To address noticeable tensions, American Catholics want Church leaders to foster unity through promoting interculturality and greater co-responsibility, and for them to better articulate Church teaching, according to the latest synod synthesis report for the American Church.

The United States Conference of Catholic Bishops on May 28 published the “National Synthesis of the People of God in the United States of America for the Interim Stage,” which summarizes the responses of more than 35,000 Catholics taken during more than 1,000 diocesan listening sessions over Lent.

The U.S. synod team said 76 percent of American dioceses and eparchies submitted reports. There were also 15 separate listening sessions held that focused on Church life, social justice, and vocations, in which over 350 people participated. The American bishops met for a synod listening session, as well.

The 20-page report identifies both sources of tensions and desires expressed by American Catholics.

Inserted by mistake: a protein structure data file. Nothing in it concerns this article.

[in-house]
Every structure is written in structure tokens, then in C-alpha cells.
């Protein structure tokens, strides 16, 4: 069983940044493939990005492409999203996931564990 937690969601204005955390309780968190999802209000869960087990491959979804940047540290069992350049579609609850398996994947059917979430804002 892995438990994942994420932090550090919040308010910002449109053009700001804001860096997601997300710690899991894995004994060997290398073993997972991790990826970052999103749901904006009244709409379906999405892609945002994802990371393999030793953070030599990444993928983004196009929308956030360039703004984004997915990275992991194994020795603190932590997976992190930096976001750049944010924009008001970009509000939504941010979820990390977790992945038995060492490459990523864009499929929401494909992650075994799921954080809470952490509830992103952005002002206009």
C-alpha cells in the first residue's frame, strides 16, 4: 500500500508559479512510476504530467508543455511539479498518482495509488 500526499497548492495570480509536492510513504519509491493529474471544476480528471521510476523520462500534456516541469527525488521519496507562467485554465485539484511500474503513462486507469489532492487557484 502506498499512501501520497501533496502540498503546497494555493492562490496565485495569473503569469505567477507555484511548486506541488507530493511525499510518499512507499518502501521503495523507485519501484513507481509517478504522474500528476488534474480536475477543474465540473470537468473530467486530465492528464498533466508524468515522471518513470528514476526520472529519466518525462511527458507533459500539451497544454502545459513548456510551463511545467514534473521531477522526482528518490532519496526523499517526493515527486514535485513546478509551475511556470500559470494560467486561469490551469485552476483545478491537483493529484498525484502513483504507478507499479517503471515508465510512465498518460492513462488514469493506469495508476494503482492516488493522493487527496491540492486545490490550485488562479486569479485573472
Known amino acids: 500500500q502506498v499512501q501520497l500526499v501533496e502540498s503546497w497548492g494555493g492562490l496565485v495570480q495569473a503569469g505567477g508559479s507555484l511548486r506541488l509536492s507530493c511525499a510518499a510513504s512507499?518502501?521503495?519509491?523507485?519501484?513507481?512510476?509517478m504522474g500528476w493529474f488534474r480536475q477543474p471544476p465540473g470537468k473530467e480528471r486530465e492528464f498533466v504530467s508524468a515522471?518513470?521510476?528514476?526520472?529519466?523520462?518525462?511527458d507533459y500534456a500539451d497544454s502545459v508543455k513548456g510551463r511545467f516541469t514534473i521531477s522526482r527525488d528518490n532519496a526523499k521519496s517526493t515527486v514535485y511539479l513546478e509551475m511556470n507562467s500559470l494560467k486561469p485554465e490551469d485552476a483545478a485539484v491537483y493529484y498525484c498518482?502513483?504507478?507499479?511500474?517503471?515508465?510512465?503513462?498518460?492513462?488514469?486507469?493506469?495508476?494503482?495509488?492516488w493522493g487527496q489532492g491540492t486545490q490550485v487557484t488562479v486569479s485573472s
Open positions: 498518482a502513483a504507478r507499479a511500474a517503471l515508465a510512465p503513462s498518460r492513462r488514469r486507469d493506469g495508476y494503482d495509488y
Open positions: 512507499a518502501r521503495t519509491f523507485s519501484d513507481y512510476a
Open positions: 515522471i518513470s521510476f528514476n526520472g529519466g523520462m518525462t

One area of tension is a feeling of some Catholics that the traditions of the Church are changing. The report also notes that many participants said that a lack of clarity from Church leadership about “our truth” creates confusion, which “is leading to frustration and division among the faithful.”

“Numerous reports from the listening sessions cited instances of communication, both from the hierarchy and from secular and Catholic media, which reflect and perpetuate division within the universal Church and send conflicting messages of what it means to be Catholic,” the report states. “When the communication of the Church is not clear and consistent, it becomes an obstacle to the mission.”

Another source of tension is Catholic social teaching, with participants expressing “concerns that the Church has allowed the ongoing polarization and conflict to lead to a denial of the Church’s social magisterium in many situations.” Similarly, a source of tension, according to the report, is a disagreement on how the Church should balance a “welcoming spirit” with a need to articulate Church teaching.